Feb 20, 2009

Healing Honey

Our dog sometimes has a sensitive tummy and allergies. One of the trainers at Humaner Trainer gave me some information from Whole Dog Journal advocating honey as a health aid for dogs. I did a little more research and found that it's also great for humans. There is a special honey from New Zealand called manuka honey, that is particularly good for your health. I ordered some for the dog and for us.

A few times a week, I have a spoonful myself when I give him some. And so far, I've not had so much as a cold this winter. Usually, I get everything that passes by. Sometimes my husband will feel like he's coming down with something for a day or two and then he bounces back. The day after that, I'll usually go down in flames. Not this year. Most of the folks I work with have been sick this year with some kind of flu bug that lasts for weeks. The cedar has been particularly bad in Austin this winter as well. But I haven't gotten sick.

This is certainly not empirical evidence, but this is the first year that's happened to me. So I felt compelled to share this health nugget with you.

Manuka honey is a particular kind of honey found in New Zealand. It's apparently very effective in relieving stomach ulcer symptoms, gastritis, healing skin ulcers, wounds, burns, MRSA, eczema, sore throats and even improves oral hygiene.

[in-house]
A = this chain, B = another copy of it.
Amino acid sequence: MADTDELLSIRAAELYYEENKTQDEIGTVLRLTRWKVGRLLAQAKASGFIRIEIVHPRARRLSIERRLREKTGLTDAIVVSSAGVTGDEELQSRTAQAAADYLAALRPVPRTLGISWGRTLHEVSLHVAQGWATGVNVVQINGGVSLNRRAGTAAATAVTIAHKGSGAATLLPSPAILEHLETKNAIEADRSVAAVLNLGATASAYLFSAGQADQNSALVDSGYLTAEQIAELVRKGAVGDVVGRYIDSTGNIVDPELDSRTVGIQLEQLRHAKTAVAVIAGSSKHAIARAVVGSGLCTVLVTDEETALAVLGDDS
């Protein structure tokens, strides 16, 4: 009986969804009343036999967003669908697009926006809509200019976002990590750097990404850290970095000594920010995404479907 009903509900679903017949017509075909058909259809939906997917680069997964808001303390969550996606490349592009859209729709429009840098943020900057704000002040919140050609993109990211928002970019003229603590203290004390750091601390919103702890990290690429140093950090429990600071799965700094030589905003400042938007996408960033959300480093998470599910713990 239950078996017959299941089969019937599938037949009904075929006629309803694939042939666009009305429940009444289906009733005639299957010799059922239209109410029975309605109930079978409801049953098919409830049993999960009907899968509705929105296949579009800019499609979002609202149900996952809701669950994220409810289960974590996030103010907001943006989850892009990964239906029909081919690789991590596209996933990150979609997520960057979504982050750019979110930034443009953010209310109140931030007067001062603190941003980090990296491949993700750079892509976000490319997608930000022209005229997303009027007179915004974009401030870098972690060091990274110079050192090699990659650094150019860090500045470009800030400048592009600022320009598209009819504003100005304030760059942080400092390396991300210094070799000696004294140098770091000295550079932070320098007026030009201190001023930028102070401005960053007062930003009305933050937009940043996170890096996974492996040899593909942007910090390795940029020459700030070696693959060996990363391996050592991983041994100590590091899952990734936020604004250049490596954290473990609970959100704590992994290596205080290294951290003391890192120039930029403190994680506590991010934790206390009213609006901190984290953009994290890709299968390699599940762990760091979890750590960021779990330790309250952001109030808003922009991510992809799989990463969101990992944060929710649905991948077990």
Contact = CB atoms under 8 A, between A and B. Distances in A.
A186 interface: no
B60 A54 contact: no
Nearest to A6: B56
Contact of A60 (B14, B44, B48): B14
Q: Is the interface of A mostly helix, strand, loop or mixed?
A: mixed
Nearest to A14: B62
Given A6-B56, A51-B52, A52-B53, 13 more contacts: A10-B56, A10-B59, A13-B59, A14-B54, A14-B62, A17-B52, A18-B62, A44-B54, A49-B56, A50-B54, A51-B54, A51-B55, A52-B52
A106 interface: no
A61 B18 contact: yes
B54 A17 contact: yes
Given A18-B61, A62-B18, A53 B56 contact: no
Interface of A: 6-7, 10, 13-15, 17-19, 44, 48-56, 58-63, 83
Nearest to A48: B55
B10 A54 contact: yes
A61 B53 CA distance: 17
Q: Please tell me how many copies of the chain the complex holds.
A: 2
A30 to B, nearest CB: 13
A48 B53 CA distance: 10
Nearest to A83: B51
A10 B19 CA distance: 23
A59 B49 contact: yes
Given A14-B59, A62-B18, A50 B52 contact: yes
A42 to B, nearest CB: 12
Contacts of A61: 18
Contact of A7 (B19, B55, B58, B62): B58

Most honeys have antibacterial properties because of a natural hydrogen peroxide. Bees add an enzyme to their nectar when processing honey to help preserve it. When this comes in contact with the moisture in our bodies, it releases a low level of hydrogen peroxide that is effective against bacteria but not tissue damaging. But this enzyme is easily destroyed by heat and sunlight.

There is a second antibacterial quality in manuka honey called the unique manuka factor. You'll see a "UMF" number on labels. This antibacterial quality is much more stable and resistant to heat and stands up to bodily fluids to retain it's healing qualities. The higher the UMF rating the greater the antibacterial strength. (Look for at least a UMF of 10.)

I found the Airborne brand of honeys available at Whole Foods, but they haven't had the Airborne manuka honey in stock in monthes. So I order online at Amazon.
At $20/jar, it's a little pricey. But I only have about a teaspoon at a time a few times a week so it lasts. It has a rich, earthy flavor.

Manuka honey links:

MSNBC article: Honey Making a Medical Comeback

Dr. Andrew Weil on honey's healing properties.

University of Waikato (New Zealand) Honey Research Unit info.

Airborne Manuka Honey on Amazon.

A few more food items for flu season:
"Influenza sorbet" on Apartment Therapy The Kitchn.

Lake Austin Spa's pickled ginger sorbet -- great for sore throats and tummyaches.


Laura [What I Like] said...

Oh I've heard about this! Someone on the Martha Stewart show recommending mixing it into some facial cleanser or mask or something like that. I have a feeling ingesting it would make much more sense though.

Brooke said...

I watched my 70 yr. old father-in-law consume something like a half a jar of honey in a week and started to wonder if it's the honey that helps make him look like he's 50.

Good genes, good eating and exercise certainly contribute...But I really think it's the honey...

Manuka said...

Active Manuka Honey is amazing stuff It's full of vitmins and essential minerals antioxidants also fructose which is excellent source of carbohydrate means manuka honey would also act as an excellent or better than an Isotonic sports drink